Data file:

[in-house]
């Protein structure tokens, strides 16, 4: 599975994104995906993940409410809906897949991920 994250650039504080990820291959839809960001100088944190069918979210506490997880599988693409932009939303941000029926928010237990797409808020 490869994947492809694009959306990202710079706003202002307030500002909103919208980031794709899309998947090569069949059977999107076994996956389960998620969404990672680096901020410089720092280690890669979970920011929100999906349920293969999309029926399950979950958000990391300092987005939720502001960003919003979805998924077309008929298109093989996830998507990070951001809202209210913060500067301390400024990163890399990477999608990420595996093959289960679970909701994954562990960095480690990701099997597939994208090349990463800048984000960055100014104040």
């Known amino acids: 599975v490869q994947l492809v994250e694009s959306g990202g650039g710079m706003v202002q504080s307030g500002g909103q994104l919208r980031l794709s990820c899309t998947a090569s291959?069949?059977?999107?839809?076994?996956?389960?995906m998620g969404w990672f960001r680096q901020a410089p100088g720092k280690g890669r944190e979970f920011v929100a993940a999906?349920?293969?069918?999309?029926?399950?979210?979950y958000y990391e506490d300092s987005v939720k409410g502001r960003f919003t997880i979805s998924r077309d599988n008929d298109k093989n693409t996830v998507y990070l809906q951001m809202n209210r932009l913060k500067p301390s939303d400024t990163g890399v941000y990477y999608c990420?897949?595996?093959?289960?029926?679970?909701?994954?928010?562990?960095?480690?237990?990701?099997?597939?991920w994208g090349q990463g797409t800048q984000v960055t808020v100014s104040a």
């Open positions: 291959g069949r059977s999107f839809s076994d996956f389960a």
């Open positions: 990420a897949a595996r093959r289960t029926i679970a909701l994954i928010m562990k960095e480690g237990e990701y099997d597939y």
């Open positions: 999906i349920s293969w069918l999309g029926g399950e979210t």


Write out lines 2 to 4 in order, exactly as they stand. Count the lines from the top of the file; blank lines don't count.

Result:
């Protein structure tokens, strides 16, 4: 599975994104995906993940409410809906897949991920 994250650039504080990820291959839809960001100088944190069918979210506490997880599988693409932009939303941000029926928010237990797409808020 490869994947492809694009959306990202710079706003202002307030500002909103919208980031794709899309998947090569069949059977999107076994996956389960998620969404990672680096901020410089720092280690890669979970920011929100999906349920293969999309029926399950979950958000990391300092987005939720502001960003919003979805998924077309008929298109093989996830998507990070951001809202209210913060500067301390400024990163890399990477999608990420595996093959289960679970909701994954562990960095480690990701099997597939994208090349990463800048984000960055100014104040």
């Known amino acids: 599975v490869q994947l492809v994250e694009s959306g990202g650039g710079m706003v202002q504080s307030g500002g909103q994104l919208r980031l794709s990820c899309t998947a090569s291959?069949?059977?999107?839809?076994?996956?389960?995906m998620g969404w990672f960001r680096q901020a410089p100088g720092k280690g890669r944190e979970f920011v929100a993940a999906?349920?293969?069918?999309?029926?399950?979210?979950y958000y990391e506490d300092s987005v939720k409410g502001r960003f919003t997880i979805s998924r077309d599988n008929d298109k093989n693409t996830v998507y990070l809906q951001m809202n209210r932009l913060k500067p301390s939303d400024t990163g890399v941000y990477y999608c990420?897949?595996?093959?289960?029926?679970?909701?994954?928010?562990?960095?480690?237990?990701?099997?597939?991920w994208g090349q990463g797409t800048q984000v960055t808020v100014s104040a």
């Open positions: 291959g069949r059977s999107f839809s076994d996956f389960a």